Friday, October 17, 2014

Mayo Jar and Two Beers and Succout comes to a close in Jerusalem

Kindness requires Awareness 

Doing acts of kindness requires great wisdom about the ways of the world. You must have an awareness of the differences between people and their individual needs.

Love Yehuda Lave

When things in your life seem almost too much to handle, when 24  Hours in a day are not enough, remember the mayonnaise jar and the two beers.

A professor stood before his philosophy class and had some items in front of him.

When the class began, he wordlessly picked up a very large and empty mayonnaise jar and proceeded to fill it with golf balls..

He then asked the students if the jar was full.

They agreed that it was.

The professor then picked up a box of pebbles and poured them into the jar. He shook the jar lightly. The pebbles rolled into the open areas between the golf balls.

He then asked the students again if the jar was full.

They agreed it was.

The professor next picked up a box of sand and poured it into the jar.

Of course, the sand filled up everything else.

He asked once more if the jar was full.

The students responded with a unanimous 'yes.'

The professor then produced two beers from under the table and poured  the entire contents into the jar effectively filling the empty space between the sand.

The students laughed.

'Now,' said the professor as the laughter subsided, 'I want you to  recognize that this jar represents your life.

The golf balls are the important things---your family, your children,  your health, your friends and your favorite passions --- and if  Everything else was lost and only they remained, your life would still be full.

The pebbles are the other things that matter like your job, your house and your car.

The sand is everything else --- the small stuff.
'If you put the sand into the jar first,' he continued, 'there is no room for the pebbles or the golf balls.

The same goes for life.

If you spend all your time and energy on the small stuff you will never have room for the things that are important to you.
Pay attention to the things that are critical to your happiness.

Spend time with your children.
Spend time with your parents.
Visit with grandparents.
Take time to get medical checkups.
Take your spouse out to dinner.
Play another 18.

There will always be time to clean the house and fix the disposal.

Take care of the golf balls first --- the things that really matter.
Set your priorities.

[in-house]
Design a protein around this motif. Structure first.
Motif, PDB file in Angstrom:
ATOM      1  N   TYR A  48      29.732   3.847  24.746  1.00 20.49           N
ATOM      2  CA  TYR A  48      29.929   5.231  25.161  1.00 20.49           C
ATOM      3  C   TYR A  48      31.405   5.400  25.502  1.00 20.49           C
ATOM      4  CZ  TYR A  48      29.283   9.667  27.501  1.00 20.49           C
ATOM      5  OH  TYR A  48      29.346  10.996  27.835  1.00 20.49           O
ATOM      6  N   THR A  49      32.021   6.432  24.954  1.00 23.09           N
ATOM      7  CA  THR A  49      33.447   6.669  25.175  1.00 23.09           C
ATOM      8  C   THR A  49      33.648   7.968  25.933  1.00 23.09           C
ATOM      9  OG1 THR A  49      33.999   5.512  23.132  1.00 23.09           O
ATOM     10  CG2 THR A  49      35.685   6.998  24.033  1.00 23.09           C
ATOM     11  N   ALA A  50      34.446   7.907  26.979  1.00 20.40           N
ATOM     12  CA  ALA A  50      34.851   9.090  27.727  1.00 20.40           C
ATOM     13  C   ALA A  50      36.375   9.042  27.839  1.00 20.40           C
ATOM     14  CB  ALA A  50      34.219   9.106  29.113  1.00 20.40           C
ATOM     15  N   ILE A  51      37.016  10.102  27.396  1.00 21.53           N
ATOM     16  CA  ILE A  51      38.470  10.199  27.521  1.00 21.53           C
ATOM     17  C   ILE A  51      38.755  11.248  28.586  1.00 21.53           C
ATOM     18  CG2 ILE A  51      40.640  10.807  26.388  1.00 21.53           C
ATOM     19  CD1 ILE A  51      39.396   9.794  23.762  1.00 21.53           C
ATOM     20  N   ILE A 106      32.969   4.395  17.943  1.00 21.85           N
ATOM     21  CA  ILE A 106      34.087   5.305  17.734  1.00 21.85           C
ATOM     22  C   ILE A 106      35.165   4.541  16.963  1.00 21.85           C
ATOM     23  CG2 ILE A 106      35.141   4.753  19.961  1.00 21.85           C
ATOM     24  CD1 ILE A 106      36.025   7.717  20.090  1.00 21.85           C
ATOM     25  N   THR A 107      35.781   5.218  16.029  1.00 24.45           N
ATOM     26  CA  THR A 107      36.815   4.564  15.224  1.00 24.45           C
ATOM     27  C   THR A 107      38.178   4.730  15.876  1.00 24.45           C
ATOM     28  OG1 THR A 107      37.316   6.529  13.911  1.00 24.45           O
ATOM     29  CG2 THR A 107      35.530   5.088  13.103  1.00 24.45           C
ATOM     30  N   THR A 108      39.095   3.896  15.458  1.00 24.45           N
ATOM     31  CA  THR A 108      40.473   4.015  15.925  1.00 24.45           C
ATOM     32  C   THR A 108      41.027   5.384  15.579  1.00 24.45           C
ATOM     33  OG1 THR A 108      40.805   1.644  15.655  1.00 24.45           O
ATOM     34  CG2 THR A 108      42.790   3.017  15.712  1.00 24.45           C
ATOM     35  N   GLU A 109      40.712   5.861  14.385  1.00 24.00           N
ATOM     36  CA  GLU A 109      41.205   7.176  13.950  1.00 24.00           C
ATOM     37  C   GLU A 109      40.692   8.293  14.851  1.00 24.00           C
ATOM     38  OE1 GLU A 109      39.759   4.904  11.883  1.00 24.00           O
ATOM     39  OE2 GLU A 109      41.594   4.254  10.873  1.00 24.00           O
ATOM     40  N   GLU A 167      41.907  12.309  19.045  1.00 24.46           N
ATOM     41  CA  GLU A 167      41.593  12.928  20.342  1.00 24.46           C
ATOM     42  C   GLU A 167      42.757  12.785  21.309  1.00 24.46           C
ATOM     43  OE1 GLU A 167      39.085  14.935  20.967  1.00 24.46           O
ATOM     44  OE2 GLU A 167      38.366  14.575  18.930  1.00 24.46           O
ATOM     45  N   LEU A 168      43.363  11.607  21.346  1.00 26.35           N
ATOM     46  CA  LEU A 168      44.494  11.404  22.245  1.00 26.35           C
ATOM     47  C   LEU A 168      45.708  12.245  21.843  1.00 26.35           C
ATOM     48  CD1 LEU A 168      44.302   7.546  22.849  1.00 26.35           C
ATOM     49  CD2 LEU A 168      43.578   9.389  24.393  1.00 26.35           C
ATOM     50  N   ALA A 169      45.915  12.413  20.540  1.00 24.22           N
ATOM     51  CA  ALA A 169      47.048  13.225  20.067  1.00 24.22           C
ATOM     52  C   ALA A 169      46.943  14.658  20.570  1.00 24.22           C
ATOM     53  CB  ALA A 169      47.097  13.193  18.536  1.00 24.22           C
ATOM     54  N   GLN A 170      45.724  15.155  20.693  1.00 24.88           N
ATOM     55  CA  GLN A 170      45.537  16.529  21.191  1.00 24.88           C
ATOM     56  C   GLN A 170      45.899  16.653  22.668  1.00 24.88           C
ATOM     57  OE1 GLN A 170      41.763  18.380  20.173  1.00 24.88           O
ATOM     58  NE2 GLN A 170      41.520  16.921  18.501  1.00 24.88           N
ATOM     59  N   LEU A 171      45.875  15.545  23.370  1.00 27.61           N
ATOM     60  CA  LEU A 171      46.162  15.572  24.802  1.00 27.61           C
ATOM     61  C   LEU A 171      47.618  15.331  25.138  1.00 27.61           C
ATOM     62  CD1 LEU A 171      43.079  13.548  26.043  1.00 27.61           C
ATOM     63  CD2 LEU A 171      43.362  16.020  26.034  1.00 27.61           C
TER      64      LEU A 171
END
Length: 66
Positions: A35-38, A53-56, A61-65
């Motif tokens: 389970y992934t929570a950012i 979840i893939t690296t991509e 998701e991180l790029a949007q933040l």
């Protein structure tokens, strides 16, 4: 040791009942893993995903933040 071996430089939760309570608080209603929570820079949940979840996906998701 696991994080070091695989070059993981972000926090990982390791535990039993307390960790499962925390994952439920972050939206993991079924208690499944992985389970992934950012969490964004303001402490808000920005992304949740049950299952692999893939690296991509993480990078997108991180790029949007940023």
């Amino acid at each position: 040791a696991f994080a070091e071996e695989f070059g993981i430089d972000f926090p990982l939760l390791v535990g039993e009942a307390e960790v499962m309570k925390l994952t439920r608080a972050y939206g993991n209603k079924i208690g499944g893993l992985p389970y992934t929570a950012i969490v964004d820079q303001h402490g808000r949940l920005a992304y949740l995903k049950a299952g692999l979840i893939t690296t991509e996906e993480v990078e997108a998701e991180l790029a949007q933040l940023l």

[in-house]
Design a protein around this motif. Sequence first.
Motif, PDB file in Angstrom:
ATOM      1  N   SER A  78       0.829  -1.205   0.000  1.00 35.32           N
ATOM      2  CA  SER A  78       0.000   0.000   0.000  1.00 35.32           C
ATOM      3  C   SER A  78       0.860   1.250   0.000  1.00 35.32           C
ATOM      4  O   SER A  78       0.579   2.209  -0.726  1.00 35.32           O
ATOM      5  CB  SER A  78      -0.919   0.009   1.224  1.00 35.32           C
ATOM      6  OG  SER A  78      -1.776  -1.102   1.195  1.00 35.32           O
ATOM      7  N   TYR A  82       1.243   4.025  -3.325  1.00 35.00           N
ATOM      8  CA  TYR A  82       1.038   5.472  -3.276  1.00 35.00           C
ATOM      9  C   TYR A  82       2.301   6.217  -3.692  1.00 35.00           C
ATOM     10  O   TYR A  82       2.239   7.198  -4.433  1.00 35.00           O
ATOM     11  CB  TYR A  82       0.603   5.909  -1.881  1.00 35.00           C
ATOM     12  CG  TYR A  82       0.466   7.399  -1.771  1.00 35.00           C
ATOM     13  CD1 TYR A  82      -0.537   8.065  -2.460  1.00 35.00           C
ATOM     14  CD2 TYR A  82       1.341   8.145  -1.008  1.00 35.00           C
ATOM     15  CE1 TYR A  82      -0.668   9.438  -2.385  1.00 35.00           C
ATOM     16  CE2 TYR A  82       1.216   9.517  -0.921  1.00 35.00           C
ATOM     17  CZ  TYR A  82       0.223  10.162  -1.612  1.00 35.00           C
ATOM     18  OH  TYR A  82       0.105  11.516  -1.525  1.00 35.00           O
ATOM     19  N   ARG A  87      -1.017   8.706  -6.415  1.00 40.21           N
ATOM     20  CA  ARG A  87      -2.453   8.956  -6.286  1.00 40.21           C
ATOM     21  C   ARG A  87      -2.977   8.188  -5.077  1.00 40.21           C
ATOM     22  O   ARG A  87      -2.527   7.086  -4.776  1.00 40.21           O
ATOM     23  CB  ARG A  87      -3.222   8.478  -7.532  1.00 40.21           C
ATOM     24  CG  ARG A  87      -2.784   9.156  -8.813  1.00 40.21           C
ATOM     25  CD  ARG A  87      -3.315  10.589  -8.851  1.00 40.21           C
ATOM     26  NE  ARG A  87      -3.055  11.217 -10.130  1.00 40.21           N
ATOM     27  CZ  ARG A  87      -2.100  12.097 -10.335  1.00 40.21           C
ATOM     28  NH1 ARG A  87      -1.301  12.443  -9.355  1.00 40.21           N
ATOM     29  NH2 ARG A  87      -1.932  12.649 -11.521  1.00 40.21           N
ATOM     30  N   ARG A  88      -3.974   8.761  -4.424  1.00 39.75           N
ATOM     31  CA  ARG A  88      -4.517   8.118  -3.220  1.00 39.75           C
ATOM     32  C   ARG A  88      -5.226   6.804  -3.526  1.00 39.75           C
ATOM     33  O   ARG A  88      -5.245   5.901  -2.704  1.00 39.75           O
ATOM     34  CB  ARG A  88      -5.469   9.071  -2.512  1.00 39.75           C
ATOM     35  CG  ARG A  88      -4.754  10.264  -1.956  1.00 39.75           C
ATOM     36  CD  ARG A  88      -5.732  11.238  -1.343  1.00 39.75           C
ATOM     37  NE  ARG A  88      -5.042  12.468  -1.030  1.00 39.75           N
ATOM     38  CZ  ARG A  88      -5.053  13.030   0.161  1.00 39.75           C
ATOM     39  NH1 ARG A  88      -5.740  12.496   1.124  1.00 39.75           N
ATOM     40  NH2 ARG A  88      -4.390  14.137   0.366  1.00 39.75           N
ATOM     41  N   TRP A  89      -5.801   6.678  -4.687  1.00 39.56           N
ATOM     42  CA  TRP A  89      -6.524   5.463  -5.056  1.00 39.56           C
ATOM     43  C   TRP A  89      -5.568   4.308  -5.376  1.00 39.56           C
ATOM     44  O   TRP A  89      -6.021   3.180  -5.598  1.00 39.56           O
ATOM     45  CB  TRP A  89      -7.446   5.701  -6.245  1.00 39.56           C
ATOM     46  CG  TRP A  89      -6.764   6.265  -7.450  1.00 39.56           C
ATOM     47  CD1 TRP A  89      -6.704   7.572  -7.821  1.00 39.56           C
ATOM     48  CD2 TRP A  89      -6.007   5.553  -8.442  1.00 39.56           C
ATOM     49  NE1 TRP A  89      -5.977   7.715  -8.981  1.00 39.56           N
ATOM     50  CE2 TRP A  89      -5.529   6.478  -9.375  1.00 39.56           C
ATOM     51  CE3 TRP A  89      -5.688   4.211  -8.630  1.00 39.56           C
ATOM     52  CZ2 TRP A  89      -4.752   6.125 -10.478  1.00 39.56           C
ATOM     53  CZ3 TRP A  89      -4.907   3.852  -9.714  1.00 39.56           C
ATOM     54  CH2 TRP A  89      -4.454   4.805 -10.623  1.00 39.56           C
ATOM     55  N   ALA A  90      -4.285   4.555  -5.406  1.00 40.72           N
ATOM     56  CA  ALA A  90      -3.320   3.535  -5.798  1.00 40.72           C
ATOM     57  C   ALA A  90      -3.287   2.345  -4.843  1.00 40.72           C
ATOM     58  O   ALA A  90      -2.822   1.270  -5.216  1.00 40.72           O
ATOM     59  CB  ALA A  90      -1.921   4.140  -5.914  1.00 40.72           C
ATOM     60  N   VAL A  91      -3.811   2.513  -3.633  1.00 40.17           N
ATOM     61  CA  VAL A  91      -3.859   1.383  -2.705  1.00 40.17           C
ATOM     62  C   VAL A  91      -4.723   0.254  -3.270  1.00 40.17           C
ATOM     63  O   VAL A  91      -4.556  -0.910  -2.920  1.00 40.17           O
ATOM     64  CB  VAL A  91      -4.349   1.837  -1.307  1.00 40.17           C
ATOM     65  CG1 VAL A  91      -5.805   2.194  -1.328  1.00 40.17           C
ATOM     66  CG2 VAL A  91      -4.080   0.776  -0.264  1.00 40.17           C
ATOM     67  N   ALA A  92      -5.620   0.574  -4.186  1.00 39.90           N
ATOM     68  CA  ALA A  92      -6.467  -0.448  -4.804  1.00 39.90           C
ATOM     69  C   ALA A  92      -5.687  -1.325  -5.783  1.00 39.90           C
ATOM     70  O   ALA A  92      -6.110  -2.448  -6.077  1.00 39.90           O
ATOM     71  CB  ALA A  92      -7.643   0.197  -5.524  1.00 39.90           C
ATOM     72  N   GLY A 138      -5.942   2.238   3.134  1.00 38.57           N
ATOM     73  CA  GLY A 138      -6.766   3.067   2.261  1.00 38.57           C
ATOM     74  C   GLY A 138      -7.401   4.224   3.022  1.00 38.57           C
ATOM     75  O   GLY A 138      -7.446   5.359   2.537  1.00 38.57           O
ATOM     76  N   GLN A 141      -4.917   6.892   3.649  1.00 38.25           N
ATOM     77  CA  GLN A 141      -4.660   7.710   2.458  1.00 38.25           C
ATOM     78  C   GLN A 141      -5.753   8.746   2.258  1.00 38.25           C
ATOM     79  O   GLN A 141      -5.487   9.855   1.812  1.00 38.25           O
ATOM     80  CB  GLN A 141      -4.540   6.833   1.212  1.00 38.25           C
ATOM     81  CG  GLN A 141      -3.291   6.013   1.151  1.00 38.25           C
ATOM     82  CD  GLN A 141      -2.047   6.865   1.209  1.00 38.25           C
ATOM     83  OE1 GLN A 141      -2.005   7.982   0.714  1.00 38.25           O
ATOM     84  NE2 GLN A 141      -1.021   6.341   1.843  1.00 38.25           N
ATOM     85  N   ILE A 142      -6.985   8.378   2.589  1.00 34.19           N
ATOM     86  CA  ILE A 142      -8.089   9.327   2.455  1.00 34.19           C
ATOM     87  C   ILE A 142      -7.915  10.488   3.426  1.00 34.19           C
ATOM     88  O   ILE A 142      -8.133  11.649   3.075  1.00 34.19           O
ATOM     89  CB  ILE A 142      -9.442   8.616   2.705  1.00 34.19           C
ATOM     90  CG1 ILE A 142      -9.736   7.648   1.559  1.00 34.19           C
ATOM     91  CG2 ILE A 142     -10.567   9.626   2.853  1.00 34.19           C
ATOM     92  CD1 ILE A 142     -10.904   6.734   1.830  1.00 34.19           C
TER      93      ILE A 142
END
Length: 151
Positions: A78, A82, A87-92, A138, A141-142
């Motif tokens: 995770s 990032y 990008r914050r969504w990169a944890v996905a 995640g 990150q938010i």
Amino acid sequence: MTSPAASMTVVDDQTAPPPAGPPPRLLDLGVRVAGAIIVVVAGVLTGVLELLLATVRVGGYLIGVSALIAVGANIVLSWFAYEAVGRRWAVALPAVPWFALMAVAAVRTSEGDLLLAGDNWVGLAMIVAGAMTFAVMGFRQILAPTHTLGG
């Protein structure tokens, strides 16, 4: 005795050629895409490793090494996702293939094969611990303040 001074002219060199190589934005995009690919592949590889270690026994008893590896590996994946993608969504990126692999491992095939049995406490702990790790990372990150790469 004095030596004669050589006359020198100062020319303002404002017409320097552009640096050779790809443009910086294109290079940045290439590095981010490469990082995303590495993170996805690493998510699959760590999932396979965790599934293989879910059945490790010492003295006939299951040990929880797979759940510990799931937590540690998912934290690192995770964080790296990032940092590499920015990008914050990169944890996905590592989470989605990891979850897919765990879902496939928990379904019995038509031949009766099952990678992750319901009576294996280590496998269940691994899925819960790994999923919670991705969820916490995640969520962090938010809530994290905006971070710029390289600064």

The rest is just sand.

(Now the most important question)
One of the students raised her hand and inquired what the beer represented.

The professor smiled and said, 'I'm glad you asked.'
The beer just shows you that no matter how full your life may seem,  there's always room for a couple of beers with a friend.

Watch: Thousands Pray at Kotel on Last Day of Sukkot

Arutz Sheva was on the scene for vatikin prayers at dawn for Hoshana Raba, the seventh day of the 'Feast of Tabernacles.'  watch the video

Thousands of Jews were undeterred by the early pre-dawn hour and cold on Wednesday as they made their way through the Old City of Jerusalem to the Kotel (Western Wall), for vatikin prayers at dawn on the seventh and final day of Sukkot, Hoshana Raba.
Hoshana Raba is traditionally considered to be the last day to affect one's standing before G-d in the new year of the Jewish calendar, when Jews are thought to be judged for the coming year on the merits of their deeds the previous year.
There are various unique traditions in the morning prayer service of the day, such as placing seven (or all) Torah scrolls on the bimah (central podium) as those praying march around them seven times holding their lulavim and reciting the "Hosha na" (lit. "save us") prayers. 
Five willow branches, but not those used in the four species in the lulav, are struck on the floor at the end of the service as a reminder of similar services held in the Temple. Some commentators say that the willow branches symbolize the enemies of the Jewish people and G-d's revenge upon them, a major theme of the Sukkot Haftorah scriptural readings.